This time last year I hadn’t heard of ‘Islamic State’ extremists and, let’s be honest, how many of us could have accurately pinpointed Ukraine on a world map?
But today, the greatest threat to security in the UK is not the IRA or Al Qaeda but a jihadist group that we had no idea even existed a few months ago. It demonstrates very clearly the importance of looking forwards and not pondering too much on the past – there’s no point developing a strategy based on historical events.
The same principal applies to the mortgage market. We need to better understand the potential threats to market stability in the years to come, rather than being overly concerned about past issues.
Sure, we have to learn lessons from the past and the introduction of MMR is a clear demonstration of historical problems being addressed. But there is also a need anticipate potential problems that may be coming down the line in the future.
Unfortunately, the industry – and regrettably I mean the whole financial services industry and not just the mortgage sector – does not have a great track record when it comes to anticipating change. The best example is the credit crunch which caught the whole industry sleeping when, in hindsight, the early warning signs of a seismic shock were there for all to see.
I do accept that predicting the future is tough and nowhere more so than in the financial services sector. But so is predicting earthquakes and volcanic eruptions and it hasn’t put scientists off trying! And slowly but surely they’re making progress, because they’ve become good at linking-up complex factors which, when considered together, start to give a clear indication of potential trouble ahead.
As far as the financial services market is concerned, I’m not just taking about analysing obvious indicators such as interest rates, house prices and consumer confidence, but looking beyond them and trying to see what issues may affect the whole sector in two, three or five years time.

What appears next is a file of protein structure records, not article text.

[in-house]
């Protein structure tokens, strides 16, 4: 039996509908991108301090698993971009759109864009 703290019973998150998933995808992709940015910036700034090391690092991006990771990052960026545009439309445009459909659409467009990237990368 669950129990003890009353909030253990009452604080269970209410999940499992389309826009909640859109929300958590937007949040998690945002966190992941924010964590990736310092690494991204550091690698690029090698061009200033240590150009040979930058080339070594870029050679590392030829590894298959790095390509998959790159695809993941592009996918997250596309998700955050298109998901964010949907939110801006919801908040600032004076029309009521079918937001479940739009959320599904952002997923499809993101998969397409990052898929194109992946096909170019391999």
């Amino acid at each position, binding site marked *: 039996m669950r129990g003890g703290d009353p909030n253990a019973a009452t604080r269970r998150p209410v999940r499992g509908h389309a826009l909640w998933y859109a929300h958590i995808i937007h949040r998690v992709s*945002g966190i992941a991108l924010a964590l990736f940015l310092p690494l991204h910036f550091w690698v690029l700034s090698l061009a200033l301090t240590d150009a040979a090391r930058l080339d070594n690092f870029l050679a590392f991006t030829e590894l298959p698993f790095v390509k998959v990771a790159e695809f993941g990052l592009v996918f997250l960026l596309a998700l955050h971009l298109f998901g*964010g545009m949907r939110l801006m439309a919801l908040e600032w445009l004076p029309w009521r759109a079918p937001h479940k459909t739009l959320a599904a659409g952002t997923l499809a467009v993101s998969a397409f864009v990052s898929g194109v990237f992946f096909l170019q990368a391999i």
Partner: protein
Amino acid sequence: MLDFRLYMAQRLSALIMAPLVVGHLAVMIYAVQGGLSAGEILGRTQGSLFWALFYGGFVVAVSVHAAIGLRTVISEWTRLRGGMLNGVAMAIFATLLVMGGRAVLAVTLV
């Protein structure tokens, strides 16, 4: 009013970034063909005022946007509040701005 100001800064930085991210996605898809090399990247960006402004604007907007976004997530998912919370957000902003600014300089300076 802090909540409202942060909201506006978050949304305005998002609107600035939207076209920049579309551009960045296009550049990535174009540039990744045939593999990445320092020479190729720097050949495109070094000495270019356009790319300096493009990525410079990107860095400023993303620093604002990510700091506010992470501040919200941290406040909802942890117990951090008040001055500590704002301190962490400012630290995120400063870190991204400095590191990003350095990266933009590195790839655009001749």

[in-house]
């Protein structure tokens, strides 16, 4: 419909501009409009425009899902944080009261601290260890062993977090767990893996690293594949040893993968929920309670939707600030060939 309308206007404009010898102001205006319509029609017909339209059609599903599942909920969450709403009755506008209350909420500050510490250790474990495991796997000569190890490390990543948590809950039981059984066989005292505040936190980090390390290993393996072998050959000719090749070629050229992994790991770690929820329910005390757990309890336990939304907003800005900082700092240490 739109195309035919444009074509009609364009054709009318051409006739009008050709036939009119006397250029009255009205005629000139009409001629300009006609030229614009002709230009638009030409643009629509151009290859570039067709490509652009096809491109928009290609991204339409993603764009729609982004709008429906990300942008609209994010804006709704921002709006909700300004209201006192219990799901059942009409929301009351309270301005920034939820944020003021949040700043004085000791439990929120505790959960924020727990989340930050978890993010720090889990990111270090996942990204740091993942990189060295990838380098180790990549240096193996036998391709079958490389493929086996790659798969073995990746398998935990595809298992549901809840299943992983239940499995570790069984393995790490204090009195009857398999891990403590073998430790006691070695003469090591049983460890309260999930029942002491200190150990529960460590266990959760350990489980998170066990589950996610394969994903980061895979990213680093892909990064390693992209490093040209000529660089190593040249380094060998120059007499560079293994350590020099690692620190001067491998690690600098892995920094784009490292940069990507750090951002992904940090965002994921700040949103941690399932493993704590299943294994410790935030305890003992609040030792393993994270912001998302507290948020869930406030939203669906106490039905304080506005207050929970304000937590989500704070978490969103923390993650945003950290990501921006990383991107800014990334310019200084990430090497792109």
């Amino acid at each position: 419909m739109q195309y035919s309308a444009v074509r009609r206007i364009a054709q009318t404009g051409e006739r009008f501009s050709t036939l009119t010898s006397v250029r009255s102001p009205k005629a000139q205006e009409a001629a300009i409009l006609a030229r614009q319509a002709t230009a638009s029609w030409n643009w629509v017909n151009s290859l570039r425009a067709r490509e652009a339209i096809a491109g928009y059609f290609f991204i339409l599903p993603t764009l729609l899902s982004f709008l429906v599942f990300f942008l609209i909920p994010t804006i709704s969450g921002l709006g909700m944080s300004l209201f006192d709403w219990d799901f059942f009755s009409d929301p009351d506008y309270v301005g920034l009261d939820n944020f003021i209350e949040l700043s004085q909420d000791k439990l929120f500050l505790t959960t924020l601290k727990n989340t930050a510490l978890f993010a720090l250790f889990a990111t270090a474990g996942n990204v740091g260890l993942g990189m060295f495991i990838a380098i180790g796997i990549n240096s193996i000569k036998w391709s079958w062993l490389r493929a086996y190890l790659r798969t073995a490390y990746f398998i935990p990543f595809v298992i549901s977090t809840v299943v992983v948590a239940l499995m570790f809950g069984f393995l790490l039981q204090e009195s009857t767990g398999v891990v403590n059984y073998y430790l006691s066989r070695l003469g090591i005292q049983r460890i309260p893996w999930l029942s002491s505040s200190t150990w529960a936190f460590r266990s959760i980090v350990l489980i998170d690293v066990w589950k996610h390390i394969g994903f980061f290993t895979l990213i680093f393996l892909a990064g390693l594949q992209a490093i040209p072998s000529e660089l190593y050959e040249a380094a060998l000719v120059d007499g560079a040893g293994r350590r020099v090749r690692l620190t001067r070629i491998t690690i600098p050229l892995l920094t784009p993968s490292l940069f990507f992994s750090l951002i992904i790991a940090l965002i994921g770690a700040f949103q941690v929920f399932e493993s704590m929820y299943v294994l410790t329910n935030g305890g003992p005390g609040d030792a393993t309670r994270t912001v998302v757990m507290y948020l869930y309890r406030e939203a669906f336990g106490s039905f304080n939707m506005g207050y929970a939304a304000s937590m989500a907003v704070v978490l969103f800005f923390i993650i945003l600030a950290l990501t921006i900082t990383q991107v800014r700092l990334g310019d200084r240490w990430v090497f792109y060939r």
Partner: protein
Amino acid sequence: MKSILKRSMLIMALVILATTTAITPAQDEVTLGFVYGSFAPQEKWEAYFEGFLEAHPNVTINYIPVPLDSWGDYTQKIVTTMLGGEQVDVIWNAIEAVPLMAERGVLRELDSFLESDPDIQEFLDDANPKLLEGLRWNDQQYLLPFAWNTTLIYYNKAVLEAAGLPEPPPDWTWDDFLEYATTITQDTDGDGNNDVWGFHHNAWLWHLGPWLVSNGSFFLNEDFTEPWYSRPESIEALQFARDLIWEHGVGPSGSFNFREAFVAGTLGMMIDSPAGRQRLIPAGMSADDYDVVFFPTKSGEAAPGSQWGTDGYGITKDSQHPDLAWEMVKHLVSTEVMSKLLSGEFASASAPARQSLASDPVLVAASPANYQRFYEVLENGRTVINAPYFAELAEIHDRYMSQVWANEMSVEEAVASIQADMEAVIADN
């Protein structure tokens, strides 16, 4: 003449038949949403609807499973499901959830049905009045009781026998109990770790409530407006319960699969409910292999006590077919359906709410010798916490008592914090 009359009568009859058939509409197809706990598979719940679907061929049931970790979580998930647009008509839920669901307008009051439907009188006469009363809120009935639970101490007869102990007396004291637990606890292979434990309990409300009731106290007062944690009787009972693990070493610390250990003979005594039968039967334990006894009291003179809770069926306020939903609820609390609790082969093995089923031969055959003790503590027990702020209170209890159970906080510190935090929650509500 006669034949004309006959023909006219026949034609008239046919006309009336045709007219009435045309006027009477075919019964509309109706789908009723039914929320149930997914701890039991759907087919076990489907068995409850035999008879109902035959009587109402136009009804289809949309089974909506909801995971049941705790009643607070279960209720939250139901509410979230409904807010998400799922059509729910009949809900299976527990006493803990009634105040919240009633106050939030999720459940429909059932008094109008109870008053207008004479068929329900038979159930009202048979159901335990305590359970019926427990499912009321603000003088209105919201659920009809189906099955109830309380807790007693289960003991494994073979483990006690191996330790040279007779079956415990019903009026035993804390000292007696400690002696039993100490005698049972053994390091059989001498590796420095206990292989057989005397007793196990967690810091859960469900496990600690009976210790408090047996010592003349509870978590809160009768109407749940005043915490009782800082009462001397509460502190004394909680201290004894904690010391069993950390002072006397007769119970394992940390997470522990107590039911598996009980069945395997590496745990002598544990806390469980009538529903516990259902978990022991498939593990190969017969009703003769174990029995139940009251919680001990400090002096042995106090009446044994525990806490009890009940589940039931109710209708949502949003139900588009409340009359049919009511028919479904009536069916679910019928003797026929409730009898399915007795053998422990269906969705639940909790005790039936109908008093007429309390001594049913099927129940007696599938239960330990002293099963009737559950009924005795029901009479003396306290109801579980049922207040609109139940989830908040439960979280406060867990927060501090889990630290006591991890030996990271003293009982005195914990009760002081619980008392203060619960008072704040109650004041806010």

What are those issues likely to be? The honest answer is that I don’t know, but the financial services industry is full of clever people who do have a clue. And, as with predicting volcanic eruptions and earthquakes, the real skill is in linking together a myriad of different factors to get a meaningful picture of likely future outcomes.
Surely, now is the time for the industry to fund some longer-term forecasting? The CML is excellent at modelling lending volumes using key housing market criteria for the next couple of years, but we also need to plan over a longer time frame and take into consideration global economic factors that may destabilise the UK housing market – or provide it with an unexpected boost.
Yes, there are plenty of reasons for not trying to develop such notoriously difficult forecasts. They are very difficult to get right with any degree of accuracy; they can be very controversial; and they can also be expensive for little immediate return. But as JFK once famously said: ‘We should do these things not because they are easy but because they are hard.’
Why bother? Because the big payoff would be avoiding future debacles such as the credit crunch, economic recession and another housing market slump. Stimulating growth is part of the answer to future prosperity; but avoiding trouble is equally as important.